Stories are where magic begins. Anyone who loved books as a child knows how powerful a well-told tale can be. While everyone has their own favourite story, there are few special children’s book that seem to pop up again and again.
The books every child should read (or have read to them)
In 2015, Roald Dahl was offcially crowned king of the children’s authors as five of his books made it on to a list of the top 50 book every child should read by the age of 16.
The list, complied by Sainsbury’s, revealed Charlie and the Chocolate Factory to be his most popular novel, with James and the Giant Peach, The BFG, Matilda and The Twits all being placed in the top 30.
Lewis Carroll’s Alice in Wonderland was the spellbinding runner-up, closely followed by The Lion, the Witch and the Wardrobe, and Winnie the Pooh. Galloping into fifth place was Anne Sewell’s Black Beauty.
The study of 2,000 reading enthusiasts was created to encourage more British families to make the most of bedtime reading.
Other hit books include Robert Louis Stevenson’s nineteenth-century classic, Treasure Island, which came in eight places ahead of Eric Carle’s masterpiece, The Very Hungry Caterpillar.
Here is the full book list. How many have you read?
THE 50 BOOKS EVERY CHILD SHOULD READ BY AGE 16
- Charlie and The Chocolate Factory- Roald Dahl
- Alice in Wonderland- Lewis Carroll
- The Lion, the Witch and the Wardrobe- C.S. Lewis
- Winnie The Pooh- A.A.Milne
- Black Beauty- Anna Sewell
- James and The Giant Peach- Roald Dahl
- The BFG-Roald Dahl
- A Bear Called Paddington- Michael Bond
- Treasure Island- Robert Louis Stevenson
- Adventures of Huckleberry Finn- Mark Twain
- Harry Potter and the Philosopher’s Stone – J.K. Rowling
- Matilda- Roald Dahl
- The Railway Children- E. Nesbit
- Oliver Twist- Charles Dickens
- Five on a Treasure Island- Enid Blyton
- The Wind in the Willows- Kenneth Grahame
- The Very Hungry Caterpillar- Eric Carle
- The Jungle Book- Rudyard Kipling
- Charlotte’s Web- EB White
- The Tale of Peter Rabbit- Beatrix Potter
- Watership Down- Richard Adams
- The Hobbit -J.R.Tolken
- Harry Potter and the Deathly Hallows- J.K. Rowling
- Lord of the Flies- William Golding
- The Secret Diary of Adrian Mole, aged 13 ¾ – Sue Townsend
- Great Expectations- Charles Dickens
- The Cat in the Hat- Dr Seuss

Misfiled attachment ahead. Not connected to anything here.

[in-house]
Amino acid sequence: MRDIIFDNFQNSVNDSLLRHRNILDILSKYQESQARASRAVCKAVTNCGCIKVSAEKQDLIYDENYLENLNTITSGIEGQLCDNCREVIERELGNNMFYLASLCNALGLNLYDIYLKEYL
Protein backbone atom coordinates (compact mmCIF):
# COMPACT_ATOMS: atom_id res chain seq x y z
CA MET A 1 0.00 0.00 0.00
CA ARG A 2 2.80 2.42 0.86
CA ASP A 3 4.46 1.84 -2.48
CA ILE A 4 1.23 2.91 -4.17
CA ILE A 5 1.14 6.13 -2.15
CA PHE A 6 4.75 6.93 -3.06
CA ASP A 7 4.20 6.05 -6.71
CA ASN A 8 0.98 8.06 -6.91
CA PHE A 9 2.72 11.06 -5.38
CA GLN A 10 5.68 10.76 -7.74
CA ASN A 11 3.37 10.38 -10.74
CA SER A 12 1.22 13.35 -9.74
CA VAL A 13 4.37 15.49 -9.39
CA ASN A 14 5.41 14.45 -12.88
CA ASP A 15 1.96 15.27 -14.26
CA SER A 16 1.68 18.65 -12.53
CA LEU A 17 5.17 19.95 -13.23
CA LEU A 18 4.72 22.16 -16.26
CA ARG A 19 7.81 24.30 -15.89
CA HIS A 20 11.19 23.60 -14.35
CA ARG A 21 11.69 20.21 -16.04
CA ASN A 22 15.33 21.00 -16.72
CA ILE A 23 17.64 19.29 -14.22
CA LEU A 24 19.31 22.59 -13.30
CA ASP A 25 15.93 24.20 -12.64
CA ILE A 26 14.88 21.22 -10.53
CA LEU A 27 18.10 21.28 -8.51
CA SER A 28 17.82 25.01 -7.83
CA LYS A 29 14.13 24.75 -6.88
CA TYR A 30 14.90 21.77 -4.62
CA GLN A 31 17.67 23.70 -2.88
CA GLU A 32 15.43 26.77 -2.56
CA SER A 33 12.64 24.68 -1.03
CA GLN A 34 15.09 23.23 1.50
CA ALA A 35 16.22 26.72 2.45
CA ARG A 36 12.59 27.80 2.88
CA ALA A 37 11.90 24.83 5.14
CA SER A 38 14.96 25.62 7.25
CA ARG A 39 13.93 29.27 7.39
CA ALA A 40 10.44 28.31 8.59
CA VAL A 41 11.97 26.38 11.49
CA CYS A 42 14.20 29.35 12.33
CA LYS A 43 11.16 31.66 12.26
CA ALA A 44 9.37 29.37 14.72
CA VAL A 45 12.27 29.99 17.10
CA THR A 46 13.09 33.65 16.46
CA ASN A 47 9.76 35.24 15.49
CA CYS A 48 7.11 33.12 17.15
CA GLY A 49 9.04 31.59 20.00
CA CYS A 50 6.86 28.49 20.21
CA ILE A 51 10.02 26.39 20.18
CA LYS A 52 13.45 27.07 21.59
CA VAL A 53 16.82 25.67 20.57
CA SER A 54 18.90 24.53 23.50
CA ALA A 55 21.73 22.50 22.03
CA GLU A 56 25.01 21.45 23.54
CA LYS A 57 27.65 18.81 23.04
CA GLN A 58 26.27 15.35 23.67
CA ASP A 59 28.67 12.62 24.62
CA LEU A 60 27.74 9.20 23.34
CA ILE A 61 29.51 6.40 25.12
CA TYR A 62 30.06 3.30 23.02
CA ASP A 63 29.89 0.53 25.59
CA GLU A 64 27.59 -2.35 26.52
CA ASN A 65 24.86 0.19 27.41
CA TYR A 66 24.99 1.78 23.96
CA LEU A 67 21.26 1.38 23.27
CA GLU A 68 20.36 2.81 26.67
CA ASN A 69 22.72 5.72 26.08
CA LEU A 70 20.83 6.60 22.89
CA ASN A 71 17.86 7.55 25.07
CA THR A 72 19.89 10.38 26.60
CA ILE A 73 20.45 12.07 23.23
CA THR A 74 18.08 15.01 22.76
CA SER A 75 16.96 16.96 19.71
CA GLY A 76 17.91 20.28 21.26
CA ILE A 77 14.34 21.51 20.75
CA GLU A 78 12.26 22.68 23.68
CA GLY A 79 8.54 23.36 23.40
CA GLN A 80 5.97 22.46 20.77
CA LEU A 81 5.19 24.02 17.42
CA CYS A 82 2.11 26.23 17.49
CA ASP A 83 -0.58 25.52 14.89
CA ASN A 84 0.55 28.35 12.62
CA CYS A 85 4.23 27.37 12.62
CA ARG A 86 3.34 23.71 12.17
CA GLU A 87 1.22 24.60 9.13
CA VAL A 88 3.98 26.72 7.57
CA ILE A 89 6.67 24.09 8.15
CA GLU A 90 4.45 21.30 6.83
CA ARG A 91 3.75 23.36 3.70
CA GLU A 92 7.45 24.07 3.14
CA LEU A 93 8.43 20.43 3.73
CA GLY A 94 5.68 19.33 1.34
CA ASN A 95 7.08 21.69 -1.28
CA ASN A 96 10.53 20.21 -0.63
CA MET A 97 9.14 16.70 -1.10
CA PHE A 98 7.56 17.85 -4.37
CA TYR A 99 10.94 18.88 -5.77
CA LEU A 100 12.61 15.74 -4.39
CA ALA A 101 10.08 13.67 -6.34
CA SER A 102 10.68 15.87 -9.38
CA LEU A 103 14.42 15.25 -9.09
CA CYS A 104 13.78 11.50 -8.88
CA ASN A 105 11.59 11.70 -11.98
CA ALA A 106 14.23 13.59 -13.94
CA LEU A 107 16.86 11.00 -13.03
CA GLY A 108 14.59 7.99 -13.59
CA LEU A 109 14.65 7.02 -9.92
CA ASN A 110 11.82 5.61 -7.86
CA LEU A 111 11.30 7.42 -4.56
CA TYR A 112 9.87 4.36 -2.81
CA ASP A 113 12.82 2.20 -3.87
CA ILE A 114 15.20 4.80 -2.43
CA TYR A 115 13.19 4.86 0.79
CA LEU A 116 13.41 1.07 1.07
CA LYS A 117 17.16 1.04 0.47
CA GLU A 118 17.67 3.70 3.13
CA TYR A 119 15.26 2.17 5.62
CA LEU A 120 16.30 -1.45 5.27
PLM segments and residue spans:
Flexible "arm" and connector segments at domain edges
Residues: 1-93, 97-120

- The Secret Garden- Frances Hodgson-Burnett
- The Diary of a Young Girl- Anne Frank
- The Twits – Roald Dahl
- The Wonderful Wizard of Oz- L. Frank Baum
- The Boy in the Striped Pyjamas – John Boyne
- Anne of Green Gables- L.M.Montgomery
- The Tiger Who Came to Tea- Judith Kerr
- Green Eggs and Ham-Dr Seuss
- The Day of the Triffids – John Wyndham
- Bambi- Felix Selten
- Tom’s Midnight Garden- Phillipa Pearce
- Little House on the Prairie- Laura Ingalls Wilder
- Funny Bones- Janet and Allan Ahlberg
- Where The Wild Things Are- Maurice Sendak
- Carrie’s War- Nina Bawden
- The Curious Incident of the Dog in the Night-Time – Mark Haddon
- The Magician’s Nephew- C.S. Lewis
- The Golden Compass – Philip Pullman
- The Story of Doctor Dolittle- Hugh Lofting
- The Story of Tracy Beaker – Jacqueline Wilson
- The Hunger Games – Suzanne Collins
- Curious George- H.A.Ray
- Each Peach Pear Plum – Janet and Allan Ahlberg
A handful of more recent tales managed to battle off old favourites to make it into the top 50 – Philip Pullman’s The Golden Compass, Mark Haddon’s The Curious Incident of the Dog in the Night-Time and two parts of the Harry Potter series all featured.
Mavis Sarfo, from Sainsbury’s Book Team, said: “The 50 books show a much-cherished collection of some of the finest children’s writing that has delighted readers and transported them to other worlds for generations.
“It’s fantastic to see that so many parents get involved in reading bedtime stories by putting on character voices and wearing costumes to bring characters to life.
“Encouraging children to role play through dress up and becoming ‘The Gruffalo’ or ‘Elsa from Frozen’ is crucial in developing imaginations from an early age and a love of reading.
When researchers surveyed parents of children under 16, they found that 60% like to read stories to their children that their own parents once read to them.
Most popular book characters
In a list of the most popular children’s book characters, timeless additions include Peter Rabbit, Postman Pat and Mr Toad from Wind in the Willows. Paddington Bear took the top spot, perhaps influenced by the recent release of his new live-action movie.
TOP 20 BEST-LOVED CHILDREN’S BOOK CHARACTERS
- Paddington Bear
- Winnie the Pooh
- The Hungry Caterpillar
- Postman Pat
- Thomas the Tank Engine
- The Gruffalo
- Harry Potter
- Mr Men
- Peter Rabbit
- Charlie from Charlie and the Chocolate Factory
- Peter Pan
- The BFG
- Alice in Wonderland
- Willy Wonka
- Mog the Cat
- Toad from Wind in the Willows
Tony Robinson, actor, comedian and author, who worked with Sainsbury’s on the campaign, added: “The response from parents and the lengths they go to in bringing these stories to their children as vividly as possible is amazing.
“It shows that the power of make believe is so important in the development of a child and a key role in parents bonding with their young ones.”